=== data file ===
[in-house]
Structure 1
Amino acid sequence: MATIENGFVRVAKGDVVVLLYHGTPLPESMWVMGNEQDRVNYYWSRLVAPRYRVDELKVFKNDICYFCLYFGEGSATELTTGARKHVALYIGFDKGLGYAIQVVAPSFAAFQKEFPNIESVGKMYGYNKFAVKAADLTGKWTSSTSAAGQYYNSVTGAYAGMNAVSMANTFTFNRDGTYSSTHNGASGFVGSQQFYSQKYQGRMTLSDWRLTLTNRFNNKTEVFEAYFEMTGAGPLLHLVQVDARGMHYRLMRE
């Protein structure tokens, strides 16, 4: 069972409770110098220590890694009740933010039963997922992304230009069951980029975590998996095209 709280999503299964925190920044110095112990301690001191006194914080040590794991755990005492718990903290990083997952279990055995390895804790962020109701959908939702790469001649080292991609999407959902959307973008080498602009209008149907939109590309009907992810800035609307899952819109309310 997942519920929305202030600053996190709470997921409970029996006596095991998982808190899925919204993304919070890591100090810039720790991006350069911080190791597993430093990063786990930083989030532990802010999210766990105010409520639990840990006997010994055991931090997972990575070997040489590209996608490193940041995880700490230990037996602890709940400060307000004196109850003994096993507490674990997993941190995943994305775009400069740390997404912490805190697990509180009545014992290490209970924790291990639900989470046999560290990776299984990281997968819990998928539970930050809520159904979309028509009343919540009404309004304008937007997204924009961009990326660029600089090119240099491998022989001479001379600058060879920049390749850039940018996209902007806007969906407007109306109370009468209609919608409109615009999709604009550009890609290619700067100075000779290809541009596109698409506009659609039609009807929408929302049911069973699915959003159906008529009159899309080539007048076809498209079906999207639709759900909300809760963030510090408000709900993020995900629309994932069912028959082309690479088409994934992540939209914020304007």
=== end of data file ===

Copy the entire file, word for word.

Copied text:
[in-house]
Structure 1
Amino acid sequence: MATIENGFVRVAKGDVVVLLYHGTPLPESMWVMGNEQDRVNYYWSRLVAPRYRVDELKVFKNDICYFCLYFGEGSATELTTGARKHVALYIGFDKGLGYAIQVVAPSFAAFQKEFPNIESVGKMYGYNKFAVKAADLTGKWTSSTSAAGQYYNSVTGAYAGMNAVSMANTFTFNRDGTYSSTHNGASGFVGSQQFYSQKYQGRMTLSDWRLTLTNRFNNKTEVFEAYFEMTGAGPLLHLVQVDARGMHYRLMRE
């Protein structure tokens, strides 16, 4: 069972409770110098220590890694009740933010039963997922992304230009069951980029975590998996095209 709280999503299964925190920044110095112990301690001191006194914080040590794991755990005492718990903290990083997952279990055995390895804790962020109701959908939702790469001649080292991609999407959902959307973008080498602009209008149907939109590309009907992810800035609307899952819109309310 997942519920929305202030600053996190709470997921409970029996006596095991998982808190899925919204993304919070890591100090810039720790991006350069911080190791597993430093990063786990930083989030532990802010999210766990105010409520639990840990006997010994055991931090997972990575070997040489590209996608490193940041995880700490230990037996602890709940400060307000004196109850003994096993507490674990997993941190995943994305775009400069740390997404912490805190697990509180009545014992290490209970924790291990639900989470046999560290990776299984990281997968819990998928539970930050809520159904979309028509009343919540009404309004304008937007997204924009961009990326660029600089090119240099491998022989001479001379600058060879920049390749850039940018996209902007806007969906407007109306109370009468209609919608409109615009999709604009550009890609290619700067100075000779290809541009596109698409506009659609039609009807929408929302049911069973699915959003159906008529009159899309080539007048076809498209079906999207639709759900909300809760963030510090408000709900993020995900629309994932069912028959082309690479088409994934992540939209914020304007």